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Title: A monitoring campaign for Luhman 16AB. I. Detection of resolved near-infrared spectroscopic variability

We report resolved near-infrared spectroscopic monitoring of the nearby L dwarf/T dwarf binary WISE J104915.57–531906.1AB (Luhman 16AB), as part of a broader campaign to characterize the spectral energy distribution and temporal variability of this system. A continuous 45 minute sequence of low-resolution IRTF/SpeX data spanning 0.8-2.4 μm were obtained, concurrent with combined-light optical photometry with ESO/TRAPPIST. Our spectral observations confirm the flux reversal of this binary, and we detect a wavelength-dependent decline in the relative spectral fluxes of the two components coincident with a decline in the combined-light optical brightness of the system over the course of the observation. These data are successfully modeled as a combination of achromatic (brightness) and chromatic (color) variability in the T0.5 Luhman 16B, consistent with variations in overall cloud opacity; and no significant variability was found in L7.5 Luhman 16A, consistent with recent resolved photometric monitoring. We estimate a peak-to-peak amplitude of 13.5% at 1.25 μm over the full light curve. Using a simple two-spot brightness temperature model for Luhman 16B, we infer an average cold covering fraction of ≈30%-55%, varying by 15%-30% over a rotation period assuming a ≈200-400 K difference between hot and cold regions. We interpret these variations as changes inmore » the covering fraction of a high cloud deck and corresponding 'holes' which expose deeper, hotter cloud layers, although other physical interpretations are possible. A Rhines scale interpretation for the size of the variable features explains an apparent correlation between period and amplitude for Luhman 16B and the variable T dwarfs SIMP 0136+0933 and 2MASS J2139+0220, and predicts relatively fast winds (1-3 km s{sup –1}) for Luhman 16B consistent with light curve evolution on an advective time scale (1-3 rotation periods). The strong variability observed in this flux reversal brown dwarf pair supports the model of a patchy disruption of the mineral cloud layer as a universal feature of the L dwarf/T dwarf transition.« less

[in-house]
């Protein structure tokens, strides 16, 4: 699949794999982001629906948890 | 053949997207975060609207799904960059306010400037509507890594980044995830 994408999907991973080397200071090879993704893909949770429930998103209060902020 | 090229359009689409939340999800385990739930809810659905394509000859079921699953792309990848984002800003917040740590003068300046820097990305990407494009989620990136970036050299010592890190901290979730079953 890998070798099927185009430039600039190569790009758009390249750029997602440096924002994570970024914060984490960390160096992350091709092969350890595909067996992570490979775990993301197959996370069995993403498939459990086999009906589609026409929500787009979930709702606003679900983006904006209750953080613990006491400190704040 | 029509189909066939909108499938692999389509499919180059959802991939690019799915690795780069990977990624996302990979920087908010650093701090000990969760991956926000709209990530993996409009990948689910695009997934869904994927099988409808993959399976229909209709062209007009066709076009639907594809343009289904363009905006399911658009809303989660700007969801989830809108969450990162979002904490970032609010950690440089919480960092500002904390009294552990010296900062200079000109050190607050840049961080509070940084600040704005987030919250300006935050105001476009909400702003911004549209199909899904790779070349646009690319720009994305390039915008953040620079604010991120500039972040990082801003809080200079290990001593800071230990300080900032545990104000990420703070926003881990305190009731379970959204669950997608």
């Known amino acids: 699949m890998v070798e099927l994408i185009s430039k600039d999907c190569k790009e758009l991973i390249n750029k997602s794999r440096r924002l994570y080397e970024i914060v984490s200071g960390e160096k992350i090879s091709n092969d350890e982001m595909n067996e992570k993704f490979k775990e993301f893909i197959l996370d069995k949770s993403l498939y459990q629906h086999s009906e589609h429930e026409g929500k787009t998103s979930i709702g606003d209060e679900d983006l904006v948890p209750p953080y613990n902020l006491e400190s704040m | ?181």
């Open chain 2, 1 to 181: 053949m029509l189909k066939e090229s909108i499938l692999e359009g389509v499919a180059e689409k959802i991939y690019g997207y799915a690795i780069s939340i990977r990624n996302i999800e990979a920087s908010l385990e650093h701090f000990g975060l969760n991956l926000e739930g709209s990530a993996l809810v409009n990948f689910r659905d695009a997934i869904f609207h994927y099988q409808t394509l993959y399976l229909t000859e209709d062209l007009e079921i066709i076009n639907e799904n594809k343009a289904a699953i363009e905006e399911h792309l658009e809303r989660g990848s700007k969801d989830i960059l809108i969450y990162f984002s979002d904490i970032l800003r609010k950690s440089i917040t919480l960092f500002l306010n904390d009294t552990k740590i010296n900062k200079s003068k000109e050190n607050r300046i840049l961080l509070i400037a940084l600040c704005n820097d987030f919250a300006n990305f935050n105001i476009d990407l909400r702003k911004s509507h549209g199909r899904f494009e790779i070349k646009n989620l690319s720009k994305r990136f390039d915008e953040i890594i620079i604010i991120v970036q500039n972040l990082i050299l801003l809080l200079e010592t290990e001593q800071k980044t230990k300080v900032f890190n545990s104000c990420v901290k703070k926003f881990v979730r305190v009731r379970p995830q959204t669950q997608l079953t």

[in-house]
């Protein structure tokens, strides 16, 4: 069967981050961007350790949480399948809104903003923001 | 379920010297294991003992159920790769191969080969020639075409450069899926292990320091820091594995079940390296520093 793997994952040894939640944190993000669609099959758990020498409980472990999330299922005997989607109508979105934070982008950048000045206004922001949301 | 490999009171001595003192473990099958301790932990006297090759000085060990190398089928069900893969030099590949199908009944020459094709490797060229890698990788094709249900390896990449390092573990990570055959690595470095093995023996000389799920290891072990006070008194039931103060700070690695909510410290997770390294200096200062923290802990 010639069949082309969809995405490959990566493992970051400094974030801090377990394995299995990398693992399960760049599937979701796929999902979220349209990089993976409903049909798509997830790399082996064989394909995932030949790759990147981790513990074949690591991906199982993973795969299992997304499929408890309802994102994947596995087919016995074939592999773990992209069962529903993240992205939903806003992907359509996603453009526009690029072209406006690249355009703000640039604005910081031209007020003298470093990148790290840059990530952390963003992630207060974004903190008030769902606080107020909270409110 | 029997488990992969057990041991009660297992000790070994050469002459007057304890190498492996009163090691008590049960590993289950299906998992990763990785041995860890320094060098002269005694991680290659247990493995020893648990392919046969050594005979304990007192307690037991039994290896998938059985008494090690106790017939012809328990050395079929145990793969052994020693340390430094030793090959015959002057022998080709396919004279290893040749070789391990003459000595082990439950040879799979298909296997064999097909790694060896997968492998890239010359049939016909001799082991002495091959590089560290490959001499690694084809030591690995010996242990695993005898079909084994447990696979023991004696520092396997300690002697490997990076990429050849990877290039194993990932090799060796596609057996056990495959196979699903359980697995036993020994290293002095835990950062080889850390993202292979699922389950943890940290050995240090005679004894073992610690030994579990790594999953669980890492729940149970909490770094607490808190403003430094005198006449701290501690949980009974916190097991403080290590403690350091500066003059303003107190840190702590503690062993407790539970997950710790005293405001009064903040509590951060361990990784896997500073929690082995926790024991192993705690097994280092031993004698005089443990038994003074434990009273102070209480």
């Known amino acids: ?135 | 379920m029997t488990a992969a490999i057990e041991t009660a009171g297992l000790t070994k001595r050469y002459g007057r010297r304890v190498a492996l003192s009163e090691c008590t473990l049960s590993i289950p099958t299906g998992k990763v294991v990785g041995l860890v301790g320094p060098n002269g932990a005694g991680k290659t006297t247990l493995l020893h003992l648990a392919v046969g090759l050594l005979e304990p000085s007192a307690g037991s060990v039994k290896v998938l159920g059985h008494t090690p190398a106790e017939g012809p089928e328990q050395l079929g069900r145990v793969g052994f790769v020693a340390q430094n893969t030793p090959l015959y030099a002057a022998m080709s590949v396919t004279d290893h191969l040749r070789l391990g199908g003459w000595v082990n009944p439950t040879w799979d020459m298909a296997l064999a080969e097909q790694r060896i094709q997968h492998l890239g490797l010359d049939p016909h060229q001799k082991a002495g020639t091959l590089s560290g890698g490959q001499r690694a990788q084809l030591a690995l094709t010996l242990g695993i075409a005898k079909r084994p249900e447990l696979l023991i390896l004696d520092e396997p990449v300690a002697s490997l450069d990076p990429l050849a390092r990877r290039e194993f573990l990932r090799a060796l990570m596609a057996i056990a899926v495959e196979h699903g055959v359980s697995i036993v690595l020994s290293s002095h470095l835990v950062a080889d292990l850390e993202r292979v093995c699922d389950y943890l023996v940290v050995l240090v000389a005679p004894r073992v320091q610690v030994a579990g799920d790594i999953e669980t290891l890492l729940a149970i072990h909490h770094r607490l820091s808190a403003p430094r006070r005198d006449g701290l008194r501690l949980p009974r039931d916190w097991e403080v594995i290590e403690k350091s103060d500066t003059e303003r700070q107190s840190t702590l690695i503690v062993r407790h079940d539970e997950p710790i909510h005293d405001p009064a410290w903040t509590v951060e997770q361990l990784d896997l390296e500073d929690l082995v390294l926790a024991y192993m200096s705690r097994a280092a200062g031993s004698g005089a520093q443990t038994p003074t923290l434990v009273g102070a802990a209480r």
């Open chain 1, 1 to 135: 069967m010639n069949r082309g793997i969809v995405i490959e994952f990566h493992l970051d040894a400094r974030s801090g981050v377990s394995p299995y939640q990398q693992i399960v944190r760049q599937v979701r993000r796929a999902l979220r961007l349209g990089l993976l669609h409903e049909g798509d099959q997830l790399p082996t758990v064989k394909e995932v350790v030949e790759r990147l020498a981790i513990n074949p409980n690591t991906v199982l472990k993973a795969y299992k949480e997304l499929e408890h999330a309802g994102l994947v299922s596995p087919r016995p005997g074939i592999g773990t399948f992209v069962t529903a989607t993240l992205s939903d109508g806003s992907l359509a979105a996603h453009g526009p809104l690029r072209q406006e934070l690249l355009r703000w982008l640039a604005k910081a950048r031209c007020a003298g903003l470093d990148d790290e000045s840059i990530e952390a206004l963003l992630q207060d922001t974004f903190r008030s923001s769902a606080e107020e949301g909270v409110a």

Authors:
 [1] ; ; ; ;  [2] ;  [3] ;  [4] ;  [5] ;  [6] ;  [7]
  1. Center for Astrophysics and Space Science, University of California San Diego, La Jolla, CA 92093 (United States)
  2. Institute of Astrophysics and Géophysique, Université of Liège, allée du 6 Août 17, B-4000 Liège (Belgium)
  3. Department of Terrestrial Magnetism, Carnegie Institution of Washington, 5241 Broad Branch Road NW, Washington, DC 20015 (United States)
  4. Space Telescope Science Institute, 3700 San Martin Drive, Baltimore, MD 21218 (United States)
  5. Massachusetts Institute of Technology, Kavli Institute for Astrophysics and Space Research, 77 Massachusetts Avenue, Cambridge, MA 02139 (United States)
  6. NASA Exoplanet Science Institute, California Institute of Technology, M/C 100-22, 770 South Wilson Avenue, Pasadena, CA 91125 (United States)
  7. LCOGT, 6740 Cortona Drive, Suite 102, Goleta, CA 93117 (United States)
Publication Date:
OSTI Identifier:
22357160
Resource Type:
Journal Article
Resource Relation:
Journal Name: Astrophysical Journal; Journal Volume: 785; Journal Issue: 1; Other Information: Country of input: International Atomic Energy Agency (IAEA)
Country of Publication:
United States
Language:
English
Subject:
79 ASTROPHYSICS, COSMOLOGY AND ASTRONOMY; AMPLITUDES; BRIGHTNESS; COLOR; CORRELATIONS; COVERINGS; DETECTION; ENERGY SPECTRA; EVOLUTION; LAYERS; MASS; OPACITY; PHOTOMETRY; RESOLUTION; ROTATION; STARS; VISIBLE RADIATION; WAVELENGTHS